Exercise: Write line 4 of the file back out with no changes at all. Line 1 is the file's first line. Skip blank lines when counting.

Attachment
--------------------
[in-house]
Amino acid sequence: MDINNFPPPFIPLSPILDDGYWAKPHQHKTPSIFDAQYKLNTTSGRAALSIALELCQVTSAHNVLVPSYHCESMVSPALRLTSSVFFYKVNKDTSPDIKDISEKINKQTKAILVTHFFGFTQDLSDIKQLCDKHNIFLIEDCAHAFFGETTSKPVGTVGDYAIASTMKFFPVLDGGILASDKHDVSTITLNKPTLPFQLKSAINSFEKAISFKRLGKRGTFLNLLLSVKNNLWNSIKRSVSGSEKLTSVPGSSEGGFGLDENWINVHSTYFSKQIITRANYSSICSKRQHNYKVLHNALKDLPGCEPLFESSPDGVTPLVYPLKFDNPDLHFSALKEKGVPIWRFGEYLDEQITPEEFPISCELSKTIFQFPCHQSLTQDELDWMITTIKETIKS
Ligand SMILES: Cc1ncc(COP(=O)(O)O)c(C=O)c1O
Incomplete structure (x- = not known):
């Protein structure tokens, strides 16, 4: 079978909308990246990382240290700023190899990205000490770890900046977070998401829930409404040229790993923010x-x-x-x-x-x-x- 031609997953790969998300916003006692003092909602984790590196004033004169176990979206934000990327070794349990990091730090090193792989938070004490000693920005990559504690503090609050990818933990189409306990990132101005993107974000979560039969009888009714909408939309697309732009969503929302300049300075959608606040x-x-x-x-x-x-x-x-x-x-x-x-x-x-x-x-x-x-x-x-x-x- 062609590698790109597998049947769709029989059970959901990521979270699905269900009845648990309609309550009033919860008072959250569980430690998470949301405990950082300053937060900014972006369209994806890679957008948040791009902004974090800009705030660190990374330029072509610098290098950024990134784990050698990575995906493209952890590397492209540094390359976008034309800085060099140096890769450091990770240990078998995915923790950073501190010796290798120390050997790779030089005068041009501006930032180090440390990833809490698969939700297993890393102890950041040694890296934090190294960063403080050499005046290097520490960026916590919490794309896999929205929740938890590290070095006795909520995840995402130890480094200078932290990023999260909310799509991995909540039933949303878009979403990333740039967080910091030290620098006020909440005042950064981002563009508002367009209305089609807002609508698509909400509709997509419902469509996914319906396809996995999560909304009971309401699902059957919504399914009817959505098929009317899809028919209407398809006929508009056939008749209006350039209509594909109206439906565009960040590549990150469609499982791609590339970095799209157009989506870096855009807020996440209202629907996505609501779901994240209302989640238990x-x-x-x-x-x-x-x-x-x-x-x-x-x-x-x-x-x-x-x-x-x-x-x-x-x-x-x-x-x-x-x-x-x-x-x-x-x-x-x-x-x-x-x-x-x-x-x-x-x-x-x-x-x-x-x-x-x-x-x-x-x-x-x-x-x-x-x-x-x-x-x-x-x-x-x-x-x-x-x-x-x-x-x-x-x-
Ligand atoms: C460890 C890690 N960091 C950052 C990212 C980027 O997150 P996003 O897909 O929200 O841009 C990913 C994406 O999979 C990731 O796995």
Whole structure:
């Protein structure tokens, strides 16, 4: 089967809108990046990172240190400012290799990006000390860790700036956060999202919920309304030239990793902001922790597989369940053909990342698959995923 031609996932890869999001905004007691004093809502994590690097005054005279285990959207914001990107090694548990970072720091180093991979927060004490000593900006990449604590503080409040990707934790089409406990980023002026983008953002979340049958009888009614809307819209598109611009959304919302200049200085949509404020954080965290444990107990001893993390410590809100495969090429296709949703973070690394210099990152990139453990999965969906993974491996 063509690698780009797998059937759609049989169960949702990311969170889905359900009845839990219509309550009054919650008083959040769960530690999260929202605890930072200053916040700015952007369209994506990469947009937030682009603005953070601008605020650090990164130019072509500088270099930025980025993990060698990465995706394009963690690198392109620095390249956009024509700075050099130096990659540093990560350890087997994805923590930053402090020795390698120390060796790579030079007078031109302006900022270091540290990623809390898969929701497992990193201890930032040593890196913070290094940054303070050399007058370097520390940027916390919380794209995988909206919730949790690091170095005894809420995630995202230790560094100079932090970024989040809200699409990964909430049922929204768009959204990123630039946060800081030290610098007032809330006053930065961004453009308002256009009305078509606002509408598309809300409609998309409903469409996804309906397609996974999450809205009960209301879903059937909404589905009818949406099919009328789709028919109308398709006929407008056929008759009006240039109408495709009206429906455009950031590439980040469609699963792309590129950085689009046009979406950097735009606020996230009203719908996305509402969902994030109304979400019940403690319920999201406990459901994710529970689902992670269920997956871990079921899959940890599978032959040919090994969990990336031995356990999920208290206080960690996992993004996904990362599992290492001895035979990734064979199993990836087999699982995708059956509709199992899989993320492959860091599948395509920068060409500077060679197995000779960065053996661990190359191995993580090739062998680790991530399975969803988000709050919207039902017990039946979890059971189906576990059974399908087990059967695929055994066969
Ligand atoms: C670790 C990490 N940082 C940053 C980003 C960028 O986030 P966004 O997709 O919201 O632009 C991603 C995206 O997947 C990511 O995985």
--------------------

Incomplete structure (x- = not known):